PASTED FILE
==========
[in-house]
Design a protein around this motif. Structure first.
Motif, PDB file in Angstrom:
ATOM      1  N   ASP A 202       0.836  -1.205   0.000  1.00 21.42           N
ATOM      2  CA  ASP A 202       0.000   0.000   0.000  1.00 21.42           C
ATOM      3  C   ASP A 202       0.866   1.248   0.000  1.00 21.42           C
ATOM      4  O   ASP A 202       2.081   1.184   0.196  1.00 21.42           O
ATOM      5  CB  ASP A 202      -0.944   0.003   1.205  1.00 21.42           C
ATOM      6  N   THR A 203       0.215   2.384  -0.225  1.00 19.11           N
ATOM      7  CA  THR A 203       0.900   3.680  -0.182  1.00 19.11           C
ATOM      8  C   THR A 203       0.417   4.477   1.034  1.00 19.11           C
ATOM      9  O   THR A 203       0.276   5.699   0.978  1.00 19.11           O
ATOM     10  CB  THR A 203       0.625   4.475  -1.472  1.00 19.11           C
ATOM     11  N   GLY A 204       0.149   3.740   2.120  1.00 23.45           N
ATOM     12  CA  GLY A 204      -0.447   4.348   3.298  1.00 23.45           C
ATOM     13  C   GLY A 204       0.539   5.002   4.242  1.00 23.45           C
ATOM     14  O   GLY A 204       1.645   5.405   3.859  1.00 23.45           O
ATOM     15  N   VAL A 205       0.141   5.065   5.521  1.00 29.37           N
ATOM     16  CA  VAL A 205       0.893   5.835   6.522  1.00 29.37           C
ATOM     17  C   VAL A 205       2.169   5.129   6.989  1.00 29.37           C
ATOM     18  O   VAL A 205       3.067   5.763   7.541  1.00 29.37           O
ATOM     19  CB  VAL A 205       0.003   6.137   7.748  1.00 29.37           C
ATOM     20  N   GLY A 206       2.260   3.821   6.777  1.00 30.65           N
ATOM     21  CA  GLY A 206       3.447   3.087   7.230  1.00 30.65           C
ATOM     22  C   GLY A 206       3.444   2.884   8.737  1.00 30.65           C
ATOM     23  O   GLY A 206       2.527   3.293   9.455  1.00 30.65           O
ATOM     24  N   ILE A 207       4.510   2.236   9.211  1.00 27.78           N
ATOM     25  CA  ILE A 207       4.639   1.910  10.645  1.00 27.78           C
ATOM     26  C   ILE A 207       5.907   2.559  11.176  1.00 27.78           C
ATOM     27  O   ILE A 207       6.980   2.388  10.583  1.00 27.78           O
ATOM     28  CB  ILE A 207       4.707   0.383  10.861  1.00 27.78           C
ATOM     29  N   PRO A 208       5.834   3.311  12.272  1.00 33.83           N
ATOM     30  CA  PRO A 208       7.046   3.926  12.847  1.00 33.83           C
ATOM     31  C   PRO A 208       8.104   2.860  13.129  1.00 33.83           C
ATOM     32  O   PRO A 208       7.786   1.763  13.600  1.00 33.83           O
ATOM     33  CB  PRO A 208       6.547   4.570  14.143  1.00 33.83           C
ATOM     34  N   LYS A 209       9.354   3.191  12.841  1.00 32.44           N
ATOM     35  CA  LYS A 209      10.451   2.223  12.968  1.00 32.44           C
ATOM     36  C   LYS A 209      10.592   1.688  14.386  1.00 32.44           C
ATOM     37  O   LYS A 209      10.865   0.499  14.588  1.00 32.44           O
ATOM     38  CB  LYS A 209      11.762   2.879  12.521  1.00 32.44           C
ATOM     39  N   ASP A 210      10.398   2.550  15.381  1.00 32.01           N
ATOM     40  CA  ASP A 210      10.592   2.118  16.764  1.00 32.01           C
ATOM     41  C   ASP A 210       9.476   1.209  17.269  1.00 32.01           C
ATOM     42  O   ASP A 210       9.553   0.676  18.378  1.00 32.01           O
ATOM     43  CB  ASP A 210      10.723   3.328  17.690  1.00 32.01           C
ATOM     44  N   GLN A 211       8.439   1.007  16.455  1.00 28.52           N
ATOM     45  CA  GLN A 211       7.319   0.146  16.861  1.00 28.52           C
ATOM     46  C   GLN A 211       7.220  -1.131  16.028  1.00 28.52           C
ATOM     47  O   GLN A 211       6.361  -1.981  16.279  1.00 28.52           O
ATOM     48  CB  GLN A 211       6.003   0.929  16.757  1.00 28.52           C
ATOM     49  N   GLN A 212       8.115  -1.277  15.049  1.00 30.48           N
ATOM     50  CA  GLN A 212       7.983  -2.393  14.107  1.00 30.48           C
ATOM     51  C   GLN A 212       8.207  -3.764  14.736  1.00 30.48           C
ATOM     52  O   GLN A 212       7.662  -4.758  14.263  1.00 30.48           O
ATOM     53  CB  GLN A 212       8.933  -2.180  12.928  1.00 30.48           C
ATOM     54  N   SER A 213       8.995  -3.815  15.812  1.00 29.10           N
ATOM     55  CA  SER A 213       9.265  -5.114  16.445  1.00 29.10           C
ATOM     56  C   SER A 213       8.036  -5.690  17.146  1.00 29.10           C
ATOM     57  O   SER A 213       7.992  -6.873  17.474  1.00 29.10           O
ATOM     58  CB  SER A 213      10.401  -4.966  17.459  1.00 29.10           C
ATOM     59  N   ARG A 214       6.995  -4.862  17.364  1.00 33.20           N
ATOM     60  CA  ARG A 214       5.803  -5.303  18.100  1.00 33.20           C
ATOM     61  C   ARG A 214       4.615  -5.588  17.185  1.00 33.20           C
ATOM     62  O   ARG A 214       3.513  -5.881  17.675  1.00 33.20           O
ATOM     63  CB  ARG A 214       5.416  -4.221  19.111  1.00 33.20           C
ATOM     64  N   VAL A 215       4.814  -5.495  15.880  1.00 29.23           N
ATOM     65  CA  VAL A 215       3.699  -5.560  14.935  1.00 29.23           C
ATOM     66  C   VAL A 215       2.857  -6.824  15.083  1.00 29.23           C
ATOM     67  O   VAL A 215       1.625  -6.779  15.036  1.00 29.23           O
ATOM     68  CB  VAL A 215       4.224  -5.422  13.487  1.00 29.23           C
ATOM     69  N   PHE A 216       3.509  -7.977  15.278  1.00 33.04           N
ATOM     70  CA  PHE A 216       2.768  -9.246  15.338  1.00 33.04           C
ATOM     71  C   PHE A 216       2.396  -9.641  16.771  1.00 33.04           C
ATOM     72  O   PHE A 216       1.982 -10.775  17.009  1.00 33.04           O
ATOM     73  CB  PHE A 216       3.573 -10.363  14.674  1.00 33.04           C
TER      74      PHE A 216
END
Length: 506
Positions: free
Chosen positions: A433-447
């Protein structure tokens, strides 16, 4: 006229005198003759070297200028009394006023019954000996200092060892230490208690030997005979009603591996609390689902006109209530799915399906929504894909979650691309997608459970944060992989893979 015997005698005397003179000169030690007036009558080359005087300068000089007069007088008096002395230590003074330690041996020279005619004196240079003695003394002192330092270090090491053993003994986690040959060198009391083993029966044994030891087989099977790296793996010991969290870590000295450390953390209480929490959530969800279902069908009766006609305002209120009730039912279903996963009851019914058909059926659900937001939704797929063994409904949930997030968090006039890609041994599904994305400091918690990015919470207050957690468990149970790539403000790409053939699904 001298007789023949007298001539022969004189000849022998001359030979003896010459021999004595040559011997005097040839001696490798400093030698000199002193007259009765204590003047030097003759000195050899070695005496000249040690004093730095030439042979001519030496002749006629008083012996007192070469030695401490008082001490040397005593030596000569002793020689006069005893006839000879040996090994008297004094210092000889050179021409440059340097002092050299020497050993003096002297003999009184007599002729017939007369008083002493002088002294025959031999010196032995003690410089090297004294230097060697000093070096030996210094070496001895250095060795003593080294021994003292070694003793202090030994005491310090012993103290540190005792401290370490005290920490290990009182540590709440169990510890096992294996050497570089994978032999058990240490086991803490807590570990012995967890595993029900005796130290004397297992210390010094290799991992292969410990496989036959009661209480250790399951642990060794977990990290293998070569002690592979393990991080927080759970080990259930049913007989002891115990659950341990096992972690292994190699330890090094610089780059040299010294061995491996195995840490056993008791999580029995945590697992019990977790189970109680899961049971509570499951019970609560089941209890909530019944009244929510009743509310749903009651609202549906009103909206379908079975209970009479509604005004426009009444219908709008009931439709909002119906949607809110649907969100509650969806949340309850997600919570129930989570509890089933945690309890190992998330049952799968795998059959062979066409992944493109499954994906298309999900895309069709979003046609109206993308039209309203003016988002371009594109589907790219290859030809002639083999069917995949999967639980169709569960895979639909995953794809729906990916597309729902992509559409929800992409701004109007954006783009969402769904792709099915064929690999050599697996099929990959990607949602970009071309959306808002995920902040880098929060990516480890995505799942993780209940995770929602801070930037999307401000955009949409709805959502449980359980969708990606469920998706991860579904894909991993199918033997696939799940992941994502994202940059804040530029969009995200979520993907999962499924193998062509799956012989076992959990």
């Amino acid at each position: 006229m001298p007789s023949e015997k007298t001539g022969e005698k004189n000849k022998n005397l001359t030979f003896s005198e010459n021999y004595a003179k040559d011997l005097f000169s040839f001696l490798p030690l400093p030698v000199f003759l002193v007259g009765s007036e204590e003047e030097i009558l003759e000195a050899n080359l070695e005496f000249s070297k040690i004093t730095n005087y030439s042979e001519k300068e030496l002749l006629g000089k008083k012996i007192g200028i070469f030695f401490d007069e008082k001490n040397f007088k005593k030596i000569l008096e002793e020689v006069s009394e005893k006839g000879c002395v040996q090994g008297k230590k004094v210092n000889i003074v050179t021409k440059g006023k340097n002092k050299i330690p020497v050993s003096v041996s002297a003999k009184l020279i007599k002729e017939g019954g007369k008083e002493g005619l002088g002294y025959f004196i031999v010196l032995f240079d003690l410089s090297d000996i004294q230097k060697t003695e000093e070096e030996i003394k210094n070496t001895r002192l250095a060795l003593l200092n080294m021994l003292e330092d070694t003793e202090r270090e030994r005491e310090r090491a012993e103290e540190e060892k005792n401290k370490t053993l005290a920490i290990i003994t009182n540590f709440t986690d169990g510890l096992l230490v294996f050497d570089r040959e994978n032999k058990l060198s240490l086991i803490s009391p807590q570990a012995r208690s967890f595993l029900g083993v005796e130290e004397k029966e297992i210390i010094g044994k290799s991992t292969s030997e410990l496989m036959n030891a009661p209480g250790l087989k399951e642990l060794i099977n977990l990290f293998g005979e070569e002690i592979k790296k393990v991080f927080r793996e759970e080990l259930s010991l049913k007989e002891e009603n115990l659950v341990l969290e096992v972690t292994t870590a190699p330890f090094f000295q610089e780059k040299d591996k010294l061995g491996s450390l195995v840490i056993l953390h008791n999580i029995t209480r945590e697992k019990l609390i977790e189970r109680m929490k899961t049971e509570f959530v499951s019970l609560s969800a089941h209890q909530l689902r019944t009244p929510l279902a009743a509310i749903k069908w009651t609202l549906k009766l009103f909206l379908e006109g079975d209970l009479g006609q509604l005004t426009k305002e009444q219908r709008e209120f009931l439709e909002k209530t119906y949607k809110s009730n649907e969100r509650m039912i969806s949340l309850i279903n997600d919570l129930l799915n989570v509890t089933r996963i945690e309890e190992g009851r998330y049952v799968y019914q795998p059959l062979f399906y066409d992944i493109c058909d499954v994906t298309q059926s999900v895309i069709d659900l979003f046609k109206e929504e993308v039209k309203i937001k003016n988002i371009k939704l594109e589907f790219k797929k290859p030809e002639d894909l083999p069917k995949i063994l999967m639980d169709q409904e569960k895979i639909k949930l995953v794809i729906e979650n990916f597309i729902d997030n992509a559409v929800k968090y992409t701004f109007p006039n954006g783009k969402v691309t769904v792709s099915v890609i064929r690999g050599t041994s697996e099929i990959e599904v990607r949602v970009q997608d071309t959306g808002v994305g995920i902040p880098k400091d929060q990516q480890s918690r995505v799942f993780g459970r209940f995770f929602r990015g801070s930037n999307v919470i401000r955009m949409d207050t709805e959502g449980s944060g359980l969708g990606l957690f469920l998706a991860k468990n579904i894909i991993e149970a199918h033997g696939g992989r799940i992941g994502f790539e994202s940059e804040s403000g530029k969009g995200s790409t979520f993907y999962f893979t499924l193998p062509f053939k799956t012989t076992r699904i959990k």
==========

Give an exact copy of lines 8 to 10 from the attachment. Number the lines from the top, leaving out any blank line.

ATOM      5  CB  ASP A 202      -0.944   0.003   1.205  1.00 21.42           C
ATOM      6  N   THR A 203       0.215   2.384  -0.225  1.00 19.11           N
ATOM      7  CA  THR A 203       0.900   3.680  -0.182  1.00 19.11           C